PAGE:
A Mediterranean Monk Seal Pup on the Apulia coast (Southern Italy): sign of an ongoing recolonisation?

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Abstract

The Mediterranean monk seal (Monachus monachus) is one of the most endangered marine mammals in the world. This species has been threatened since ancient times by human activities and currently amounts to approximately 700 individuals distributed in the Eastern Mediterranean Sea (Aegean and Ionian Sea) and Eastern Atlantic Ocean (Cabo Blanco and Madeira). In other areas, where the species is considered “probably extinct”, an increase in sporadic sightings has been recorded during recent years. Sightings and accidental catches of Mediterranean monk seals have become more frequent in the Adriatic Sea, mainly in Croatia but also along the coasts of Montenegro, Albania and Southern Italy. A Mediterranean monk seal pup was recovered on 27 January 2020 on the beach of Torre San Gennaro in Torchiarolo (Brindisi, Apulia, Italy). DNA was extracted from a tissue sample and the hypervariable region I (HVR1) of the mitochondrial DNA control region was amplified and sequenced. The alignment performed with seven previous published haplotypes showed that the individual belongs to the haplotype MM03, common in monk seals inhabiting the Greek islands of the Ionian Sea. This result indicates the Ionian Islands as the most probable geographical origin of the pup, highlighting the need to intensify research and conservation activities on this species even in areas where it seemed to be extinct.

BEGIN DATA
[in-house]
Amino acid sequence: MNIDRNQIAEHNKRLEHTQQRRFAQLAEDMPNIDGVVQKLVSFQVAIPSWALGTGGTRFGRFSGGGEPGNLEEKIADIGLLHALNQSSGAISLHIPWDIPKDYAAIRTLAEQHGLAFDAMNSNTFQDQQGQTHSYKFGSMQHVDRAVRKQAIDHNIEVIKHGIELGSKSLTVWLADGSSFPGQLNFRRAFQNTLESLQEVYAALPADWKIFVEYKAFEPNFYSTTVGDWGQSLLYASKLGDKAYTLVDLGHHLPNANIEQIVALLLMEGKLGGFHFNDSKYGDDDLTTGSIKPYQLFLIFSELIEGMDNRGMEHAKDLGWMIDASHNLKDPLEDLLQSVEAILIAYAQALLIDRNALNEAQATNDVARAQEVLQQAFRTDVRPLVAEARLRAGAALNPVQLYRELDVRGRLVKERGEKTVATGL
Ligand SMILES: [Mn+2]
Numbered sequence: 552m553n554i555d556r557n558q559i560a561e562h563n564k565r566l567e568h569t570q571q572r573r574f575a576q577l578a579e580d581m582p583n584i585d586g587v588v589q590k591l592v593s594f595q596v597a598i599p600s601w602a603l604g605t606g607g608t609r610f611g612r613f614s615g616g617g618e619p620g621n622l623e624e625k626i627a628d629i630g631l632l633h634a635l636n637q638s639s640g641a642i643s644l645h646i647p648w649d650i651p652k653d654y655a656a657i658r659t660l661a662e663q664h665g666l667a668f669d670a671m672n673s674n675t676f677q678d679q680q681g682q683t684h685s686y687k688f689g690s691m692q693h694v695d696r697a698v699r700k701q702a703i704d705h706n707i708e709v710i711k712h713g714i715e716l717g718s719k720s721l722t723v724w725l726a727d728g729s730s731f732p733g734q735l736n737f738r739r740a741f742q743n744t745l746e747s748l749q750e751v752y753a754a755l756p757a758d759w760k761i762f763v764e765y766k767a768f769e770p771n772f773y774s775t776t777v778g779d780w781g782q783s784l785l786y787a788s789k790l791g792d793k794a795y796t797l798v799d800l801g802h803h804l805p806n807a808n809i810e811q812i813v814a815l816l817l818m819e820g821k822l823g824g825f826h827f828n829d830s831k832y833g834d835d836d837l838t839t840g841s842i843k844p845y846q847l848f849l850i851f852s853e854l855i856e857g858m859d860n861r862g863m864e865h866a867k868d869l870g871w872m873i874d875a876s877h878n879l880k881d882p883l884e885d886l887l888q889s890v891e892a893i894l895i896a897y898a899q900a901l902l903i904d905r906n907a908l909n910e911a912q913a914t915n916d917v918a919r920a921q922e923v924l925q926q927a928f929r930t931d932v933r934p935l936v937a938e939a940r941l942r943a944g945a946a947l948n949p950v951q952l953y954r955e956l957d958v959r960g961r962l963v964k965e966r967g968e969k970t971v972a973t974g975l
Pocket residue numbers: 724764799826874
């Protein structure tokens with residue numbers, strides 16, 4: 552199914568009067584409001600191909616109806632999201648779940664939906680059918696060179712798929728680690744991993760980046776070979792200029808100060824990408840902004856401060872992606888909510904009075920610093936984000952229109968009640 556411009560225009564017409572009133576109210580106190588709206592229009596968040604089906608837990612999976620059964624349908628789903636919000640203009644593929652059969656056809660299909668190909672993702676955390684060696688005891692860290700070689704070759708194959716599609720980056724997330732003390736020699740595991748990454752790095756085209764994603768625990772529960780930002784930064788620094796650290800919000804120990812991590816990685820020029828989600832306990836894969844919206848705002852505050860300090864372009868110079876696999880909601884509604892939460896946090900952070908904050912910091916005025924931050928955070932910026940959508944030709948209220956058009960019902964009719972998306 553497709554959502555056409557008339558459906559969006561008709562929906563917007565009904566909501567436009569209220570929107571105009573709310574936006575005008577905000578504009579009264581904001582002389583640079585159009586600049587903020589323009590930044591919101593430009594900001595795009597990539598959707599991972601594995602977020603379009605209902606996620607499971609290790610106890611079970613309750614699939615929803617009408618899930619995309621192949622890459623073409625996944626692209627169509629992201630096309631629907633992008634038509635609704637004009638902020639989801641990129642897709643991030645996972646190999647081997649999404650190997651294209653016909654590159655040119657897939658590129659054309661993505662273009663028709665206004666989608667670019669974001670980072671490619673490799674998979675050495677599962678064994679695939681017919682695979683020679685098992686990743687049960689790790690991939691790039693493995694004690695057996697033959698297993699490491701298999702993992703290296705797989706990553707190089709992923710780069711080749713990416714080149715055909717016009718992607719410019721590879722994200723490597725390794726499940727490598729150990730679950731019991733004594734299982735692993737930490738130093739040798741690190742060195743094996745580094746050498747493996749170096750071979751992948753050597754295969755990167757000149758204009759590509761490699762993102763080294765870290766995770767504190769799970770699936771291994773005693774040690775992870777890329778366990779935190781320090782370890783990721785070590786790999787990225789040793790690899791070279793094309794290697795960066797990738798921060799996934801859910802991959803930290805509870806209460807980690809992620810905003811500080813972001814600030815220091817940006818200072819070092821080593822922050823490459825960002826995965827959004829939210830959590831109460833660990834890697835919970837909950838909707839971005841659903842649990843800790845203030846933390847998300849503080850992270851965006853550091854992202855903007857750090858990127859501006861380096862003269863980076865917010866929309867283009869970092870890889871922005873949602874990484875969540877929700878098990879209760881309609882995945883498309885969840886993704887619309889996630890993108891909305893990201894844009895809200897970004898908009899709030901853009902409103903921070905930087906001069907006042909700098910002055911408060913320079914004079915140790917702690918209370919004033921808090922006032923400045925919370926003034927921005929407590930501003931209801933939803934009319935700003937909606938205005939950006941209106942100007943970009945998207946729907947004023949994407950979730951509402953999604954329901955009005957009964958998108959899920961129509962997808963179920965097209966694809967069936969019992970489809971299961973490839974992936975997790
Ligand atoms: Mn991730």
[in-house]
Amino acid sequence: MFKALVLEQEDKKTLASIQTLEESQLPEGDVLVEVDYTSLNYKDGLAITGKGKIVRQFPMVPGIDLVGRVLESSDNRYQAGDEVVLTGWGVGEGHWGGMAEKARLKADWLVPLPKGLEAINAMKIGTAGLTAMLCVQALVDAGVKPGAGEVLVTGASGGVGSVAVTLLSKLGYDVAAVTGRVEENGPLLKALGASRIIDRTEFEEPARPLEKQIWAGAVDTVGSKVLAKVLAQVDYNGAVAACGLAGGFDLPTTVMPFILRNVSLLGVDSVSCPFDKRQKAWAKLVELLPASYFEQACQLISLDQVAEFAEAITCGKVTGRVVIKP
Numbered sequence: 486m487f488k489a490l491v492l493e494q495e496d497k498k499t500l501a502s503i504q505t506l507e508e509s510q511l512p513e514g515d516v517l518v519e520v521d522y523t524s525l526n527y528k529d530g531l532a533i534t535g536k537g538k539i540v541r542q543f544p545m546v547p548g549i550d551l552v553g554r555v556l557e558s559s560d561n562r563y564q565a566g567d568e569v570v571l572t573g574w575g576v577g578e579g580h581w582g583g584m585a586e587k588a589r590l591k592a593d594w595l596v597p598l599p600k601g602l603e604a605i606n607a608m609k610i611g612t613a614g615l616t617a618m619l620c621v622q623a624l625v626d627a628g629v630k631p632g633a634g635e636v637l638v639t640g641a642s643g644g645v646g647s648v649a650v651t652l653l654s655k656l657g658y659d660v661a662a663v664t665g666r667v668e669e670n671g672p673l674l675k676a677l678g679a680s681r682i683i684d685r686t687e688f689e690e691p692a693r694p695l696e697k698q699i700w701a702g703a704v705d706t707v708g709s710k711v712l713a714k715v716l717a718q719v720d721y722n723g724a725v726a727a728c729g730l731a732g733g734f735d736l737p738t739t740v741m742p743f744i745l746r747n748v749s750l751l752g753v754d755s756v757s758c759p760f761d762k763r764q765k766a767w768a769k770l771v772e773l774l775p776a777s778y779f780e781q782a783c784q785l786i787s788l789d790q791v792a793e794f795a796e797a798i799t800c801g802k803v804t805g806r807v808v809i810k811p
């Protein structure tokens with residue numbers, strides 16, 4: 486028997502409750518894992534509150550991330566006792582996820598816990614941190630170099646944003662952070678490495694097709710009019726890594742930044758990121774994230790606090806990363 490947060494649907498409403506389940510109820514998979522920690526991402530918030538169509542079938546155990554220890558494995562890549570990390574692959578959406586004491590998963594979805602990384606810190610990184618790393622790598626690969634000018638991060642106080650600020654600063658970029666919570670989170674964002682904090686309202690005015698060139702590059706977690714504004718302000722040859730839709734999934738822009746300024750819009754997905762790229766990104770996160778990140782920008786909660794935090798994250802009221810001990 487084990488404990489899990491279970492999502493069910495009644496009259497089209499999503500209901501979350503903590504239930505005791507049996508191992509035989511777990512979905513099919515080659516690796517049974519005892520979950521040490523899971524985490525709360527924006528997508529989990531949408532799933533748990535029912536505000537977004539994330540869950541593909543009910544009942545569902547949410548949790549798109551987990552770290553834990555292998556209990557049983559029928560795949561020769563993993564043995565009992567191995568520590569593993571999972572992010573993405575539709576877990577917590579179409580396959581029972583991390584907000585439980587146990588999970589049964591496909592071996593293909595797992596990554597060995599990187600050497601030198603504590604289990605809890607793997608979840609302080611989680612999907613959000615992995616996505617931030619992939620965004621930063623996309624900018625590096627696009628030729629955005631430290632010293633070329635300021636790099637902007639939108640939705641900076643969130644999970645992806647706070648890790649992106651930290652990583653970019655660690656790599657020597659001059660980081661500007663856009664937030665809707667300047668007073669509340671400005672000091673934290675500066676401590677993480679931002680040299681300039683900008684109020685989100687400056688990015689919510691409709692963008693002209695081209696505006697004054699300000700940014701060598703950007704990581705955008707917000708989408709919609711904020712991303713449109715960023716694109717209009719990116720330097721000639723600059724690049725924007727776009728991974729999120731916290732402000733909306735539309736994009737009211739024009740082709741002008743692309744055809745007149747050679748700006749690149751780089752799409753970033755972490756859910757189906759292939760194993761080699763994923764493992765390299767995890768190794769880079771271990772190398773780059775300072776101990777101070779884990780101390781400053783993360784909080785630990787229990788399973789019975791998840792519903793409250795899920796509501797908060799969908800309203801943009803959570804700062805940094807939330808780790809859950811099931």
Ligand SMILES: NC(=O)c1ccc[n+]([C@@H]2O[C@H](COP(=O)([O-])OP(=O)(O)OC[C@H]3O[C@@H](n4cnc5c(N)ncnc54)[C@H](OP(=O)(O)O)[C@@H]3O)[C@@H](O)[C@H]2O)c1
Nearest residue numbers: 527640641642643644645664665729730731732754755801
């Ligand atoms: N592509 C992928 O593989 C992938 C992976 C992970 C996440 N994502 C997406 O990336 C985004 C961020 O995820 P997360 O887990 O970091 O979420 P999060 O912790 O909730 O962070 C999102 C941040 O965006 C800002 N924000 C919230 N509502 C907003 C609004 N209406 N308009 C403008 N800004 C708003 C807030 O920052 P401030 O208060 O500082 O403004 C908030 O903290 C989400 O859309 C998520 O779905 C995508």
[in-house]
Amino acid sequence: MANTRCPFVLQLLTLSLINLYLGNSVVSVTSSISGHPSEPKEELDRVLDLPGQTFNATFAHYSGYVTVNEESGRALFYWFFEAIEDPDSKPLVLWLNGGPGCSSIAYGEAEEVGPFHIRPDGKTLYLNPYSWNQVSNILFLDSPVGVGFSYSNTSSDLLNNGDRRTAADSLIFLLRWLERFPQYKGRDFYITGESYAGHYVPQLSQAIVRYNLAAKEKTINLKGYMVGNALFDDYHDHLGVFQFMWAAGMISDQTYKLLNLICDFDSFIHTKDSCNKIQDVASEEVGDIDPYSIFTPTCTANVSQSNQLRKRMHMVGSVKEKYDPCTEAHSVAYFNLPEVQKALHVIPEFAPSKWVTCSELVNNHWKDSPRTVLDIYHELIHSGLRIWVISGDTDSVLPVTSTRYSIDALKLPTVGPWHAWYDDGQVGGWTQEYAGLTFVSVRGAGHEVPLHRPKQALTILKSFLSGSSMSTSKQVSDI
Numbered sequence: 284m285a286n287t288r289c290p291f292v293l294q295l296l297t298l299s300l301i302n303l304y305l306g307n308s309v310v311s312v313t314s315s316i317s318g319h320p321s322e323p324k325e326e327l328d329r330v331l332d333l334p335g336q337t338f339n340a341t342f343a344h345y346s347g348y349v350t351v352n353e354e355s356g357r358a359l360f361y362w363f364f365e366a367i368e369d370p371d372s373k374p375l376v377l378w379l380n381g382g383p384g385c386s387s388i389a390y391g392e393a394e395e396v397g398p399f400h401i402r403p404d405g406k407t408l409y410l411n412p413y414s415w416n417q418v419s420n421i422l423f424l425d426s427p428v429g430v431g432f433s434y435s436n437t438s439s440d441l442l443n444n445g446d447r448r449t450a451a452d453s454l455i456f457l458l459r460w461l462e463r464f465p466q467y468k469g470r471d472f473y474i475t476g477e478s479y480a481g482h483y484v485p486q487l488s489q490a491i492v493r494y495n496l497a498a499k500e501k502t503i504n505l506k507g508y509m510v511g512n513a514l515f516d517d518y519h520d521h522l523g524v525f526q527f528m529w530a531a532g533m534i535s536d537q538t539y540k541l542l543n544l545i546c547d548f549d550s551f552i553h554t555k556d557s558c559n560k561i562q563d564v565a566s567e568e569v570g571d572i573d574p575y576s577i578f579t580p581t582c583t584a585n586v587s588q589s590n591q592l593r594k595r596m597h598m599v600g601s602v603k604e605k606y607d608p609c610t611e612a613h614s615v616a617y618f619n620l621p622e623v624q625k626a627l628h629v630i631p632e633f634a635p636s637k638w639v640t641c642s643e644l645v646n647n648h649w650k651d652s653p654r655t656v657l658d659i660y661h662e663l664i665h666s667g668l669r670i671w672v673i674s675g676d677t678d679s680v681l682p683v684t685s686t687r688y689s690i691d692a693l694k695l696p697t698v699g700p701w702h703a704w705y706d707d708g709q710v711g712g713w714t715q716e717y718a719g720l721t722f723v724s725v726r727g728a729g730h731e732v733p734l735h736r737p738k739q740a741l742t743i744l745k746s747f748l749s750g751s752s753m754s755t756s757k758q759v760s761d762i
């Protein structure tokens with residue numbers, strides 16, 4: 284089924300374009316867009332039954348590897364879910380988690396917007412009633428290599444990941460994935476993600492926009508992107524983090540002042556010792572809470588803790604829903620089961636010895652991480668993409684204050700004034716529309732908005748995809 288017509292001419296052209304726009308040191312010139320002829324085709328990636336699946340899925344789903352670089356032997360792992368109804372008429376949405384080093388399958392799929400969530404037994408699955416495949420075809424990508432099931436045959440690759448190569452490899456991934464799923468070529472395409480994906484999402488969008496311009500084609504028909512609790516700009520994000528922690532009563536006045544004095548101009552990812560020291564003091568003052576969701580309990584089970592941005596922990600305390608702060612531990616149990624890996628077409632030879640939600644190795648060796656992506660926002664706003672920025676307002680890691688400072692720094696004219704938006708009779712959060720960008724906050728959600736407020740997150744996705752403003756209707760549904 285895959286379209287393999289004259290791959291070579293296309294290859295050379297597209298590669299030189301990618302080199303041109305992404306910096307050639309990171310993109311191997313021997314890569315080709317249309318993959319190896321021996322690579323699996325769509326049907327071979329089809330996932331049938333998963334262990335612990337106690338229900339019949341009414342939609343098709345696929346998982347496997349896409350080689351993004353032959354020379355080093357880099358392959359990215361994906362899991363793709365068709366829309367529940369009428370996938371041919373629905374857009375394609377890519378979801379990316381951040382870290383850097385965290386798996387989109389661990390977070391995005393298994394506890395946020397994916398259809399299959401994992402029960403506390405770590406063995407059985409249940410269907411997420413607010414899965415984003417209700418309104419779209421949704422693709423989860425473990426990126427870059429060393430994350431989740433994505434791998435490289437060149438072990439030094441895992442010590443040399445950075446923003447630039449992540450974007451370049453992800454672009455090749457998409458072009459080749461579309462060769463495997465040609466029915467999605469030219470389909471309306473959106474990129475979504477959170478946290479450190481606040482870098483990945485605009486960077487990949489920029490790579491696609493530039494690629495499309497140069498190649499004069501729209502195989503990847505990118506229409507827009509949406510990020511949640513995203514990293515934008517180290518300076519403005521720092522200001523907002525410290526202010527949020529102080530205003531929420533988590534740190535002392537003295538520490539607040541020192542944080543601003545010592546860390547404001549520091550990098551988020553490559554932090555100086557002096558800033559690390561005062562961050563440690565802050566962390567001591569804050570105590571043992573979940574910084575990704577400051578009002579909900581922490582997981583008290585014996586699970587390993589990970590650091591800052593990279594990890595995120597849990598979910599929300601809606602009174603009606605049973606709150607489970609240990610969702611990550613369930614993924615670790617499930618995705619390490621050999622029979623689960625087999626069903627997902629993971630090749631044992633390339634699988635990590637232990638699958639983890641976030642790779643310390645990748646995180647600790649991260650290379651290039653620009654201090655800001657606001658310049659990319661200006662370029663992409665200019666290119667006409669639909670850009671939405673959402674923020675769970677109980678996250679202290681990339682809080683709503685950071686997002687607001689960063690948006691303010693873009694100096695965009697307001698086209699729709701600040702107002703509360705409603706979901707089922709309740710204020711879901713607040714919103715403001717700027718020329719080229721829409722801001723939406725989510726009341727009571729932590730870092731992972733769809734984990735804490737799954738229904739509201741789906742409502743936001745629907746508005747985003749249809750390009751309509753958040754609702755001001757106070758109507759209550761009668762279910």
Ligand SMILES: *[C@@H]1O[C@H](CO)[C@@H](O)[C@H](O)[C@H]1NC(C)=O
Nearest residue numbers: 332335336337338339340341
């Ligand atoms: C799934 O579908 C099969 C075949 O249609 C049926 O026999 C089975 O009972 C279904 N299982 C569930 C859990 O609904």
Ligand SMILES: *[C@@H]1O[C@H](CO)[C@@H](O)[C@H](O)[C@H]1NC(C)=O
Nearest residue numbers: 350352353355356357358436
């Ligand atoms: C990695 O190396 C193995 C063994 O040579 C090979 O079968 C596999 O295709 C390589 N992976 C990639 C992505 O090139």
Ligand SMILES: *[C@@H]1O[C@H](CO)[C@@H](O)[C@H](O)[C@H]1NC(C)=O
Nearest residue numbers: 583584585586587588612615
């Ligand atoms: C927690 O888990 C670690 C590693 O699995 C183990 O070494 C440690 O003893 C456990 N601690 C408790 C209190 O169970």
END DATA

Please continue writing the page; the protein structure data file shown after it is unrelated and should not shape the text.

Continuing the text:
Original languageEnglish
Number of pages8
JournalDiversity
Volume12
Publication statusPublished - 2020

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